via ‘Incompetent’ judges face the boot – The Zimbabwe Independent February 13, 2015
CHIEF Justice Godfrey Chidyausiku is intensifying his crackdown on senior judges he believes are incompetent because of their failure to deliver judgments and reviews on time, among other shortcomings, warning them they could be punished or simply replaced if they do not improve.
In a confidential memorandum dated February 5, a copy of which was seen by Zimbabwe Independent, Chidyausiku refused to back down on his remarks during the official opening of the 2015 legal year on January 12 where he commended five High Court judges in Justices Nicholas Mathonsi, Nokuthula Moyo, Priscilla Chigumba, Loice Matanda-Moyo and Charles Hungwe for performing impressively while lambasting their underperforming colleagues.
Despite a fierce backlash by High Court judges in a memo to him on January 28, Chidyausiku seems unfazed. His strong rebuke of non-performers provoked a vicious backlash on January 28 from 21 High Court judges who claimed they had felt “humiliated, dejected and despondent” by his “inaccurate and damaging analyses, impressions and conclusions”.
On February 4, the memo written by the 21 aggrieved judges was leaked to the media, forcing Chidyausiku to react, first through Judicial Service Commission (JSC) secretary Rita Makarau, threatening stern measures against underperformers unless they improved.
Then on February 5, Chidyausiku personally responded to the January 28 memo attacking the judges, some of whom he said still has reviews dating as far back as 2008. He noted for the first time in history the High Court has a 700-case backlog in unopposed divorces, while also acknowledging some judges reacted positively to his remarks as shown by the delivery of 105 judgments since January 12.
“I acknowledge receipt of your memo dated 28 January 2015 which is also now in the public domain,” Chidyausiku wrote. “In my view, the contents of the memo are misplaced. I stand by everything I said in my speech at the official opening of the legal year. I suggest that we agree to disagree.”
Chidyausiku said he had not named and shamed underperforming judges “out of respect for the office they hold but (he) may be compelled to do so, to put this matter into perspective”.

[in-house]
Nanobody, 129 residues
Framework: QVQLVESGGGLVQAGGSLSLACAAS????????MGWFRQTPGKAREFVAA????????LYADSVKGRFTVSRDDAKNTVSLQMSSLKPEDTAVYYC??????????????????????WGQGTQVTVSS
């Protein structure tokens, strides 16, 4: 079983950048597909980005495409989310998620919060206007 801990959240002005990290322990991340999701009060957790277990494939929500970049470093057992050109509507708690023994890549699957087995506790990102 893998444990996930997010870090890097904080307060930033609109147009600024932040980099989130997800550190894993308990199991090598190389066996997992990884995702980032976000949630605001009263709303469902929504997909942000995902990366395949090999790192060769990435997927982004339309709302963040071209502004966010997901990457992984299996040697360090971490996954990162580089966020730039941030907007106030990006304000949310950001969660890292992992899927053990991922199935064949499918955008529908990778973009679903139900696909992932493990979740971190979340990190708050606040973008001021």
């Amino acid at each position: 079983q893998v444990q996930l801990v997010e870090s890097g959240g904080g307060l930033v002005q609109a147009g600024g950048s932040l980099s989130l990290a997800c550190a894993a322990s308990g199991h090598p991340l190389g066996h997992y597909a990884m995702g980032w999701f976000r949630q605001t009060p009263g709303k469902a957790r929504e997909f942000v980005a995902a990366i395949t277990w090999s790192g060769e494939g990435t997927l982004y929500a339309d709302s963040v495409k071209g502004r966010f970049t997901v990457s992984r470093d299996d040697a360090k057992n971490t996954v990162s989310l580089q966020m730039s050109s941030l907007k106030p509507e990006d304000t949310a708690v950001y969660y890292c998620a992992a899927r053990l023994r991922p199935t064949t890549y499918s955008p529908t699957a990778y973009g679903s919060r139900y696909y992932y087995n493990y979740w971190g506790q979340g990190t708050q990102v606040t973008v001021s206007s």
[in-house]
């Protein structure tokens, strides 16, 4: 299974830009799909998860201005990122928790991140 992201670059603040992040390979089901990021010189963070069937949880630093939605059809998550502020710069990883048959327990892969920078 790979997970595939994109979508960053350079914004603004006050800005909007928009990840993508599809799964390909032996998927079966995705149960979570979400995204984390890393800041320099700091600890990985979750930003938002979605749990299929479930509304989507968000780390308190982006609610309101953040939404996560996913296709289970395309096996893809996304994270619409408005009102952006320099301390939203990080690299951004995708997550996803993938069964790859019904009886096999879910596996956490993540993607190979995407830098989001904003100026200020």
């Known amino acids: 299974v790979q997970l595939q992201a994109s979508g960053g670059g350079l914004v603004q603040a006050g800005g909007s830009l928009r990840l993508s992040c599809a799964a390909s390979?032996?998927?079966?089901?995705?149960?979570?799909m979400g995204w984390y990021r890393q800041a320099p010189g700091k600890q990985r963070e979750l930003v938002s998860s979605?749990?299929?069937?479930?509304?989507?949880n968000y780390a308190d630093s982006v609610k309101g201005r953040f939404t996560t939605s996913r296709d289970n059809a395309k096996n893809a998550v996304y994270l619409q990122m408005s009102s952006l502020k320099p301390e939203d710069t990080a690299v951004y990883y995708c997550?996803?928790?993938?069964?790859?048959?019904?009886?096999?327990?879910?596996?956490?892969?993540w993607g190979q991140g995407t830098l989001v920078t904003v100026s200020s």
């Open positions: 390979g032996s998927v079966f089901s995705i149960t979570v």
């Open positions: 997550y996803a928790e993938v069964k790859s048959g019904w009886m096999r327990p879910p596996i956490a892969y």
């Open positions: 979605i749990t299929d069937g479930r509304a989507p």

He insisted the performance of some judges was a “cause for concern”.
“Some of them still have reviews from as far back as 2008 that by end of 2014 they had not attended to,” he said. “Some have the highest number of reserved judgments and have the highest number of partly heard matters that are yet to be completed. For the first time in history, the High Court has a 700-case backlog in unopposed divorces.
If you all want me to excuse this, then I beg to differ.”
During the opening, Chidyausiku blasted some judges who had handed down as few as two or three judgments last year when compared to Mathonsi, the top performing judge, who produced 72 judgments despite operating in the same environment.
Judges were, however, infuriated by the public rebuke and wrote a scathing memo, through Judge President Justice George Chiweshe, to the Chief Justice accusing him of being out of touch with modern trends in the justice delivery system.
They challenged Chidyausiku to correct the wrong impression he created, while asking him to come up with an objective, fair and just appraisal system for all judges.
Chidyausiku said although he dwelt on judgments, he had adequate information regarding pre-trial conferences, chamber applications, criminal trials and reviews handled by each judge.
While he admitted the issue of conditions of service was crucial, Chidyausiku said he has done so much to improve the lot of judges than any of his predecessors and would thus neither speak about the issue incessantly nor tolerate crybabies.
He said there are many candidates out there to replace judges who cannot bear the heat and would like to leave the kitchen.